Till its halfway point,this could be a freestyle event at any swimming meet in the world. But at the 25m mark,the swimmers disappear beneath the surface of the pool,and emerge a second or so later clutching orange manikins. Filled with water,the manikins weigh close to 80kg,and are meant to simulate a drowning human. This,the 50m Manikin Carry,is one of 10 pool events scheduled to be held at the Lifesaving World Championships in Adelaide this November.
It is Friday evening at the Balewadi aquatic complex. The Rashtriya Life Saving Society of India (RLSSI) — which serves as the governing body for lifesaving sports in India — is conducting selection trials for the Indian contingent. “We’re looking to select six boys and six girls,” says Ankit Wagh,Manager,Operations and Training,RLSSI.
Wagh was part of the Indian team at the 2006 World Championships in Melbourne,where he clocked the eighth fastest time in the 100m Manikin Tow. In this event,you swim one length of the pool,fasten a foam rescue tube around a manikin,and tow it back to the other end. Wagh,now the coach of the Indian team,is looking to prepare them as methodically as possible before they head to Adelaide. “We’ll have a camp in Kerala for the surf events,and one in Kolkata for the pool events,” says Wagh. “After that,we’re looking to reach Australia early so we can have an acclimatisation camp there. We’re putting in a concerted effort to win a minimum of two medals this time.”
India might not have a thriving presence in the world of lifesaving sports,but enough talent exists to meet Wagh’s target. And a Pune-ite may well hold the most realistic medal hopes. Gajanan Bhokare,who worked as a professional lifeguard in the Nande pool near Balgandharv before becoming a fitness trainer,specialises in Line Throw. This event requires Bhokare to throw a rope to his teammate in the pool and reel him to ‘safety’.
Partnering fellow Pune-ite Lalit Zope,Bhokare won silver in the Line Throw at the 2004 World Championships at Viareggio,Italy. This year,with Zope in retirement,Bhokare will team up with Mumbai’s Zuber Ghanchi. Despite the fact that he has only recently come out of a sabbatical from lifesaving,Bhokare is confident he can go one better than he did in 2004. I’m still the best at my event, he says. The world record for Line Throw is 9.7 seconds. In practice,I do 8.7.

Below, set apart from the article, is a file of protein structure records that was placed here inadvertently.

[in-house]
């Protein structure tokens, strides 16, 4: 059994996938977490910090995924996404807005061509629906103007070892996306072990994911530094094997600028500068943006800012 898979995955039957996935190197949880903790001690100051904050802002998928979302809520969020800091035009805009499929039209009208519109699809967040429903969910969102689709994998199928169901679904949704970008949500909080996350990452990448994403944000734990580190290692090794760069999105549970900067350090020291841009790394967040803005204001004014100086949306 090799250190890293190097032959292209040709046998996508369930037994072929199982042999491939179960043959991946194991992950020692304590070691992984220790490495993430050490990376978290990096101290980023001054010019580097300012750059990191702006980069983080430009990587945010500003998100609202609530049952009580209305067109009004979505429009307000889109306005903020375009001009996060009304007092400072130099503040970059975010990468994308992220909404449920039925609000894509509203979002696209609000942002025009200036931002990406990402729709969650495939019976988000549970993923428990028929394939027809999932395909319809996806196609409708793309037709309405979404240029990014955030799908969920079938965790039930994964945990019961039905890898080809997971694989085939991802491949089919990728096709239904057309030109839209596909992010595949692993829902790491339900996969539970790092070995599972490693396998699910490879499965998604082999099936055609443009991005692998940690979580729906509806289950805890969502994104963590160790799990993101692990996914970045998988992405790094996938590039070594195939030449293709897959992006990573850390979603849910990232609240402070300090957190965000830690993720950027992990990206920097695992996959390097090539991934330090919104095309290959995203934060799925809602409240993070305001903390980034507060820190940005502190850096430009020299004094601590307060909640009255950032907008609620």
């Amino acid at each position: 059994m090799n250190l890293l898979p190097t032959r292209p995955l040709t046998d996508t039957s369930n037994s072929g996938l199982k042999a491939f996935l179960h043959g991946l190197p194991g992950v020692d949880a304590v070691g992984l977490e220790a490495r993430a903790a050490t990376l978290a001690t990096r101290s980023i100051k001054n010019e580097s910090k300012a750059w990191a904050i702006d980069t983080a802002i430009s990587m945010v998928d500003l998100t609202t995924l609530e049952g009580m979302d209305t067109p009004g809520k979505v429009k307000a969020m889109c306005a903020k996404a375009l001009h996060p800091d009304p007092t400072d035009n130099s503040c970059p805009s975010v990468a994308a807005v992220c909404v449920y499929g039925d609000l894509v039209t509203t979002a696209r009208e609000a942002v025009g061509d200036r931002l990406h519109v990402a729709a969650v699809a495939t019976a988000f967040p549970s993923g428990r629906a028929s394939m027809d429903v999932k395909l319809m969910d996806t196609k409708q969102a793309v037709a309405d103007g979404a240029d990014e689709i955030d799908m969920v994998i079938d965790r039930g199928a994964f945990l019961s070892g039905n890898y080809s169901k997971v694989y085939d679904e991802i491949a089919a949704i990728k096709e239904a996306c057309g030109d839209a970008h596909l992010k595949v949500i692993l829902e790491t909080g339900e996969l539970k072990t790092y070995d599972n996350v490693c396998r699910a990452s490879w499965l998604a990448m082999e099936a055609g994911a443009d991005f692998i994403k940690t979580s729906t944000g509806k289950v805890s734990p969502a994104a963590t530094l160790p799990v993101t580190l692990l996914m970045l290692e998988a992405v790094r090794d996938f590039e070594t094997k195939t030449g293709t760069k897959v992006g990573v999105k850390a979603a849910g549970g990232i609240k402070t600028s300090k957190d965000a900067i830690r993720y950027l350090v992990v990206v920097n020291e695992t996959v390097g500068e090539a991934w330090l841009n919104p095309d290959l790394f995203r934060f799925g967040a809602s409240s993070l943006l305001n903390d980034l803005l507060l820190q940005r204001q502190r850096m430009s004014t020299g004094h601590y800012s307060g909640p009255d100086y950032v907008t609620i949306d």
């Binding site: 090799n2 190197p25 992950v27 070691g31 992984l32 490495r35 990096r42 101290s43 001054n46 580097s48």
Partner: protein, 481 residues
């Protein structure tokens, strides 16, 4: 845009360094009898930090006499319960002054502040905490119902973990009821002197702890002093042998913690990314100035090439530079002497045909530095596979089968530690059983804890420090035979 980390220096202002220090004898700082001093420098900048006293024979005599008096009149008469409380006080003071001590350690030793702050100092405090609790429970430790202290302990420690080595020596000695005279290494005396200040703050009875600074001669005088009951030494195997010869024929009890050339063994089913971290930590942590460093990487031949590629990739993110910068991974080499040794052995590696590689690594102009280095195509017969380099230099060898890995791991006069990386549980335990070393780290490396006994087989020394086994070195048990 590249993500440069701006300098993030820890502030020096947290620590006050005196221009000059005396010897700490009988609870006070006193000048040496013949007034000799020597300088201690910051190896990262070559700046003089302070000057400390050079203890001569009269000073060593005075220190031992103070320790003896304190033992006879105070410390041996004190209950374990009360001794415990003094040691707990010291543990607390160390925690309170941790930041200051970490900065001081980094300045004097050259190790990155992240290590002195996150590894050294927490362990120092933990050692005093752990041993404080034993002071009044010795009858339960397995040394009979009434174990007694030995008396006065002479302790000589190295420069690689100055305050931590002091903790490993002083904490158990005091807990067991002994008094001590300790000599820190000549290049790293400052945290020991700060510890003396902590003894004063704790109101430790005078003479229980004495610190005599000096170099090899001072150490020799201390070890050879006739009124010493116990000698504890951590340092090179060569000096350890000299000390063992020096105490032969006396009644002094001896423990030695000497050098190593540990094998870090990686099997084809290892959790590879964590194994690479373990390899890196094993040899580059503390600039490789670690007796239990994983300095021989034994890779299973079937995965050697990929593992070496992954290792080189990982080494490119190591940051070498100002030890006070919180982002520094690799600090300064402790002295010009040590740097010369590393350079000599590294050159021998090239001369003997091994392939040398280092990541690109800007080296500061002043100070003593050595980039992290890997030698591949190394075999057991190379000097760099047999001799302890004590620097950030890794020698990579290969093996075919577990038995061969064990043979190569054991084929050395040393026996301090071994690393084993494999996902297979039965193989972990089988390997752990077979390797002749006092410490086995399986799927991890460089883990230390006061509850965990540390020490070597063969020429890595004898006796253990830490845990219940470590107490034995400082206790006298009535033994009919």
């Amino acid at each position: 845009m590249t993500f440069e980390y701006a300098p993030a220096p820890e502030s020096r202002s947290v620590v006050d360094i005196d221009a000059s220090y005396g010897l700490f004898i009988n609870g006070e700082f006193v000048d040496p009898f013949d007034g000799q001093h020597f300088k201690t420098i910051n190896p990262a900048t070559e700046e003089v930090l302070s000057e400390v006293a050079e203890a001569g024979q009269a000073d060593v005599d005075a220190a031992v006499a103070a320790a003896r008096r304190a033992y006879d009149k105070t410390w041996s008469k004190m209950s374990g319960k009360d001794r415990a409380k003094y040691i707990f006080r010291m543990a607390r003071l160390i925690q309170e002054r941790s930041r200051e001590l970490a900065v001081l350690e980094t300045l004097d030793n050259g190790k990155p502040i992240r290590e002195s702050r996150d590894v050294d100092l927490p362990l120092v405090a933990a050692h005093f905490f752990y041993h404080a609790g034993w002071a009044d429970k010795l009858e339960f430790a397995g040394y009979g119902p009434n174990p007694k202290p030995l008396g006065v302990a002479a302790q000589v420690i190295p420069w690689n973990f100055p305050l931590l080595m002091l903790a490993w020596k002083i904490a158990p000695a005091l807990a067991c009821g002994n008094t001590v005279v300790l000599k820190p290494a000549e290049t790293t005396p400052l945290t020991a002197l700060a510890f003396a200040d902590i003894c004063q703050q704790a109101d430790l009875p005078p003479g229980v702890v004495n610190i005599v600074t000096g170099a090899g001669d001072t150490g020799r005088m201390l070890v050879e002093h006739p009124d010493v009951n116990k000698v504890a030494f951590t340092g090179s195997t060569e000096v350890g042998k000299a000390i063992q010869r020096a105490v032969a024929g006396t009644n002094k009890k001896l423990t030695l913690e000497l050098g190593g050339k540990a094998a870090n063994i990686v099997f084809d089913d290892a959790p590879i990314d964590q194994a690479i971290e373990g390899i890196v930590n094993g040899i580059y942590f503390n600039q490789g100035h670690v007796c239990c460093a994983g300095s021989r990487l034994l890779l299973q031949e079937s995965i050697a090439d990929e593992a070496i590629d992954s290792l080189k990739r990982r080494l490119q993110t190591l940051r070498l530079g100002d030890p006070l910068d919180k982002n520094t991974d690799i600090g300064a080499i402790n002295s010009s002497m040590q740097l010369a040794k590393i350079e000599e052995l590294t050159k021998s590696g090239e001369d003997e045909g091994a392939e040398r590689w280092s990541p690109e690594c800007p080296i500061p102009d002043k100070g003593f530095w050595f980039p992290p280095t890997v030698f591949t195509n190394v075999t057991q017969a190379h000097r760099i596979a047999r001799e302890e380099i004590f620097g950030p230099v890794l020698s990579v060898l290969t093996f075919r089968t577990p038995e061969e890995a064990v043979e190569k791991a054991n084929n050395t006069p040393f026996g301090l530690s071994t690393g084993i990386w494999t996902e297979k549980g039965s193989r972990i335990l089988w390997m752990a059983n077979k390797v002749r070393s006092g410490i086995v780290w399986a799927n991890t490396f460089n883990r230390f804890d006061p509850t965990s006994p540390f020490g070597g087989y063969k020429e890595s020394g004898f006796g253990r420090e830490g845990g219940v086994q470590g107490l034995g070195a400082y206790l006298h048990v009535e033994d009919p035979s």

Among the women,Visakhapatnam’s Amreen Malik holds out a certain amount of medal-winning potential. Amreen will take part in the 200m Super Lifesaver,which combines features of the Manikin Carry and the Manikin Tow.
You start with a 50m length,and then turn around,and pick up a manikin at the 25m mark, says Amreen. You then carry that to the starting line,where you put on fins and strap on a rescue tube before swimming another 50m. There,you put the rescue tube around a half-filled manikin and tow it back to the starting line.
Malik was part of the probables for the 2010 Commonwealth Games in the 100m backstroke,but an ankle injury six months before the event dashed her hopes of making the final squad.
I couldn’t really return to my old timings after coming back, says Amreen. And I was doing my engineering at the time,and studies became my priority.
Lifesaving,however,provided Amreen another sporting outlet. She had already had a taste of the sport,having won the overall title for women during the National Lifesaving Championships in 2006,and the inaugural South Asian Lifesaving Championships,at Hambantota in 2011,gave her another shot at international glory.
Pencilled in to participate in the Oceanwoman (an ocean event that covers a 1200m course that includes swimming leg,a rescue board leg,a surf-ski leg and a beach sprint),Malik discovered that there were going to be no other women competitors. The organisers had to club me together with the boys in the Oceanman, says Amreen. I ended up winning a bronze my first ever international medal.